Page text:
Southwest LRT: Building a line that stands the test of time
The Southwest light rail line (future METRO Green Line extension) offers us an opportunity to accelerate the already positive economic momentum of the greater Twin Cities region while simultaneously moving our regional transit system closer to being the modern, intermodal system residents desire.
Our vision is to build a line that will connect the projected 30,000 daily riders to the 210,000 jobs currently located along the route and the additional 60,000 jobs anticipated along the corridor. Southwest, when finished in 2018, will connect people living in communities from Eden Prairie to St. Paul to these jobs via a one-seat ride.
The challenges in designing this line are many. Not only does the line require complicated engineering to span wetlands and other geological features, it must also bisect long-established urban areas with minimal disruption.
But ask anyone involved with designing the METRO Blue Line (Hiawatha) or Green Line (Central Corridor) and they’ll tell you that both rail lines involved equally difficult decisions. Designing a rail line is no easy task, and Southwest LRT is no exception.
Tentative SWLRT Decision Schedule
Information/discussion sessions on route options
9/11 – Southwest LRT Corridor Management Committee
9/11 – Metropolitan Council
9/18 – Southwest LRT Corridor Management Committee CANCELED
9/25 - Informational Southwest LRT Corridor Management Committee Meeting
10/10 - Southwest Project Office to hold a public open house for the public to ask questions and give feedback on the draft recommendation on the project scope and basic design before the Metropolitan Council considers. The open house will be from 5:30 p.m. to 7:30 p.m. at Kenwood Community Center, 2101 West Franklin Ave., Minneapolis. No testimony or presentations are planned. The public will be able to talk with Metropolitan Council Sue Haigh and other Council members, as well as project engineers and staff one-to-one, view engineering drawings of the shallow tunnels and fill out comment cards.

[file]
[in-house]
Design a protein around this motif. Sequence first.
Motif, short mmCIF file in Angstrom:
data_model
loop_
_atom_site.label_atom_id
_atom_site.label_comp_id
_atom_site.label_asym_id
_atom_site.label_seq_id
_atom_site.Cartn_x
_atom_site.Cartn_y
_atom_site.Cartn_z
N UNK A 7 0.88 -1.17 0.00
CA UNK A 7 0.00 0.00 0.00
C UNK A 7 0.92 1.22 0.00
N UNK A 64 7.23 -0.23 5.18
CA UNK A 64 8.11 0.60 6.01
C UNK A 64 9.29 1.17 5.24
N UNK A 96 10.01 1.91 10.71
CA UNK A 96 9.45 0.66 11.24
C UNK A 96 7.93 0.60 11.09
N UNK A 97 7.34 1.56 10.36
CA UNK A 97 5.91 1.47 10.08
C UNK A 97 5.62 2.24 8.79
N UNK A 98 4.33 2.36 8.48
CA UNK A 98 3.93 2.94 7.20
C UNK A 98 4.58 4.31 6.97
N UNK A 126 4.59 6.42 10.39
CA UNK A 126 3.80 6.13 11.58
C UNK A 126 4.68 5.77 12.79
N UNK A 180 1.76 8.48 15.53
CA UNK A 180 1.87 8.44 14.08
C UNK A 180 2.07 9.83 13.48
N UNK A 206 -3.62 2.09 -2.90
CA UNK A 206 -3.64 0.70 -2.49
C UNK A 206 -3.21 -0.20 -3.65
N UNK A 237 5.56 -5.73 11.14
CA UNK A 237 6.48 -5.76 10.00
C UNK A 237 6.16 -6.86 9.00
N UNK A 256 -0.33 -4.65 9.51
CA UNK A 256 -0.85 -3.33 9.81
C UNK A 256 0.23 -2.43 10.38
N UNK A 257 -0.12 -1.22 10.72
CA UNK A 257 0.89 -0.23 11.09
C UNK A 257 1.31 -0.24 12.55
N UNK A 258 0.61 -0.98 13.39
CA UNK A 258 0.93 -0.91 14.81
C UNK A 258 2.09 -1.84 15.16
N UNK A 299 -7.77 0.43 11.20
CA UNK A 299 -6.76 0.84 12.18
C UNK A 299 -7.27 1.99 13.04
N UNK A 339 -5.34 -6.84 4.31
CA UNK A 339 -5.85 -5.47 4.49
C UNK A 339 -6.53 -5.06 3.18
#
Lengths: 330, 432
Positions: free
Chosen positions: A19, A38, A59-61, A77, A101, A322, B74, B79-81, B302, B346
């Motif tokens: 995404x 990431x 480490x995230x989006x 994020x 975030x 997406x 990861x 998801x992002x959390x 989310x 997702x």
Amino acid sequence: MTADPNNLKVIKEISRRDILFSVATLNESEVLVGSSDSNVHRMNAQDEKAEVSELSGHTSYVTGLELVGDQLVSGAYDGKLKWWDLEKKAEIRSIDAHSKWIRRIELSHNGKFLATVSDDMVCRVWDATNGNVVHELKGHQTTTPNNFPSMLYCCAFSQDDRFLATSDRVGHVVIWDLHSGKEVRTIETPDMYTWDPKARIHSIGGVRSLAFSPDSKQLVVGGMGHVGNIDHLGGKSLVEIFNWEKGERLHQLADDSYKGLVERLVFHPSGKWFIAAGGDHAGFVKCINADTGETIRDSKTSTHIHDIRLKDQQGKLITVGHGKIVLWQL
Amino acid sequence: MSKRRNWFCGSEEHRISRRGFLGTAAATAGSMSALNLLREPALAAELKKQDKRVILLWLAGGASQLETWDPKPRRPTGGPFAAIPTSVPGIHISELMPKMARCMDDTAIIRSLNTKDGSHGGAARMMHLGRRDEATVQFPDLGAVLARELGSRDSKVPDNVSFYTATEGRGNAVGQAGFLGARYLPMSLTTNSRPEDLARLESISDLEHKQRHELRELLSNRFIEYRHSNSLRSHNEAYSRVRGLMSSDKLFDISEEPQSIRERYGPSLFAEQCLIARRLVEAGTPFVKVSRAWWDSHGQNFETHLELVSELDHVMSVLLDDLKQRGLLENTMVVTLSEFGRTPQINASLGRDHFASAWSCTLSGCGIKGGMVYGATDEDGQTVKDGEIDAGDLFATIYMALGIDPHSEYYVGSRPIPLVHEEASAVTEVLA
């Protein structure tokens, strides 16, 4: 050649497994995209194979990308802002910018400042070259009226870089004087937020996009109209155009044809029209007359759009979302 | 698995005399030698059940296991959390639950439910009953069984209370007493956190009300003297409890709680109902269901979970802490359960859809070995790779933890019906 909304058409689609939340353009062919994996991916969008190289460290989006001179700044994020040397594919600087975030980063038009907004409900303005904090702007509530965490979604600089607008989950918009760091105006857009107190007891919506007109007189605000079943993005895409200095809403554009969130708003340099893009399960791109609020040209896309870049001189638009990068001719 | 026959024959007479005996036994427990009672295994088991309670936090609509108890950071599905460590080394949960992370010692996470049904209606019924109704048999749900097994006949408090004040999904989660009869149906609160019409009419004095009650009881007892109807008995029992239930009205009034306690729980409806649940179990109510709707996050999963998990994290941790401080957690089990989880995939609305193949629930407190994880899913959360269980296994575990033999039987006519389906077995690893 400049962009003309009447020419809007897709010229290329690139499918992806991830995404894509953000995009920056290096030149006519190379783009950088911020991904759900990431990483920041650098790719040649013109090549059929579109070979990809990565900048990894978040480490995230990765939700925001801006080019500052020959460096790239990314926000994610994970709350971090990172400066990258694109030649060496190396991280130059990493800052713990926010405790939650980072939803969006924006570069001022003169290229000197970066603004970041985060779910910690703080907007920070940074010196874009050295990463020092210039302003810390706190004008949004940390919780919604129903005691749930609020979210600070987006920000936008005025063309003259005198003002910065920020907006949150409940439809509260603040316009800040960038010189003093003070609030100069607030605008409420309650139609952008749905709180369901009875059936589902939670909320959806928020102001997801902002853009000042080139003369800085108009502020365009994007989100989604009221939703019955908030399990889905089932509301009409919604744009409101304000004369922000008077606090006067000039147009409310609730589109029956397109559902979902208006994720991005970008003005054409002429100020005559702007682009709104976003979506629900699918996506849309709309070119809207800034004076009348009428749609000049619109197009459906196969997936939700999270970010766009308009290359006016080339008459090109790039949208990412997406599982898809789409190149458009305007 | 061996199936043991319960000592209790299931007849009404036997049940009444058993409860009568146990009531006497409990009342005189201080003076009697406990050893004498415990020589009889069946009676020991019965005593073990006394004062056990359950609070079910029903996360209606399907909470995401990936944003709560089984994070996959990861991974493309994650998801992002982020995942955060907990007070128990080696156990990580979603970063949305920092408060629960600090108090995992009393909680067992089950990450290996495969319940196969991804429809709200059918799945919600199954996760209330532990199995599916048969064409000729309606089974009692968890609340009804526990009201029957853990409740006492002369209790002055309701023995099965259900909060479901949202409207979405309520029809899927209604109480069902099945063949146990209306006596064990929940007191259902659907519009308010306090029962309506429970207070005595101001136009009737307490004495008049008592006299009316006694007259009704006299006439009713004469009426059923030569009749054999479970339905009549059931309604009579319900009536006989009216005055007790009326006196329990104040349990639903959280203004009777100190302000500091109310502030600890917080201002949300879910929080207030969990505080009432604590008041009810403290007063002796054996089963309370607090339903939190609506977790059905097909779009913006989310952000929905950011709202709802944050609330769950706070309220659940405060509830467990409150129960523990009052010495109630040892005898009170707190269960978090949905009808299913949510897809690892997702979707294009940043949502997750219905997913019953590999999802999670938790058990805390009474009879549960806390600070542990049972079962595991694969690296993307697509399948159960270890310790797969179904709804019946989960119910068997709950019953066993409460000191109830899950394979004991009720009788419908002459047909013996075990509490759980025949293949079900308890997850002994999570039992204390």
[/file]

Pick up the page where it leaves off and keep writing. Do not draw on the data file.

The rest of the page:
Action on preferred route option
10/2 – Southwest LRT Corridor Management Committee
Vote on final scope and cost
This project was first conceived decades ago, and the thorough and deliberative process of choosing a route began in 2003. That process eliminated route options along Highway 100, Midtown Greenway and Nicollet Avenue for three very important reasons that are still true today: lack of adequate right-of-way to operate a train, significant impact to historic resources, and serious disruption to major business districts.
The chosen route for Southwest light rail is the right choice, and residents and businesses along the corridor deserve a final decision on the associated freight rail project so they can make plans for their lives and communities that incorporate this project.